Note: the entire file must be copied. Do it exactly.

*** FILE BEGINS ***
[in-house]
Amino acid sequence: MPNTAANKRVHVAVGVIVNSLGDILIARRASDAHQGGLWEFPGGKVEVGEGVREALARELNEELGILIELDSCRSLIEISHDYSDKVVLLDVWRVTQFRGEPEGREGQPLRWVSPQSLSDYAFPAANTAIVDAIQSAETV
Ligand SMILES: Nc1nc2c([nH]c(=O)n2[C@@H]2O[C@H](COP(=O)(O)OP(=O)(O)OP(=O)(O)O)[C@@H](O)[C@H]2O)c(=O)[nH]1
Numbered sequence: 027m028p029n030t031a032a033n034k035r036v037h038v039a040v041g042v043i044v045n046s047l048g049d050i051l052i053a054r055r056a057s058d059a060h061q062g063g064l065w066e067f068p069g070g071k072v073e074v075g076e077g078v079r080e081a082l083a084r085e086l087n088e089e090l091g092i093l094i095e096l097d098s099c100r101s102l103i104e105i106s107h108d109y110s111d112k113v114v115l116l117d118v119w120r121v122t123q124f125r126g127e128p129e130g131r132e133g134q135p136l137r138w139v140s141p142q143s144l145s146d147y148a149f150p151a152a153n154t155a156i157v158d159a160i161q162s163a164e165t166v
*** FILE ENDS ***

[in-house]
Amino acid sequence: MPNTAANKRVHVAVGVIVNSLGDILIARRASDAHQGGLWEFPGGKVEVGEGVREALARELNEELGILIELDSCRSLIEISHDYSDKVVLLDVWRVTQFRGEPEGREGQPLRWVSPQSLSDYAFPAANTAIVDAIQSAETV
Ligand SMILES: Nc1nc2c([nH]c(=O)n2[C@@H]2O[C@H](COP(=O)(O)OP(=O)(O)OP(=O)(O)O)[C@@H](O)[C@H]2O)c(=O)[nH]1
Numbered sequence: 027m028p029n030t031a032a033n034k035r036v037h038v039a040v041g042v043i044v045n046s047l048g049d050i051l052i053a054r055r056a057s058d059a060h061q062g063g064l065w066e067f068p069g070g071k072v073e074v075g076e077g078v079r080e081a082l083a084r085e086l087n088e089e090l091g092i093l094i095e096l097d098s099c100r101s102l103i104e105i106s107h108d109y110s111d112k113v114v115l116l117d118v119w120r121v122t123q124f125r126g127e128p129e130g131r132e133g134q135p136l137r138w139v140s141p142q143s144l145s146d147y148a149f150p151a152a153n154t155a156i157v158d159a160i161q162s163a164e165t166v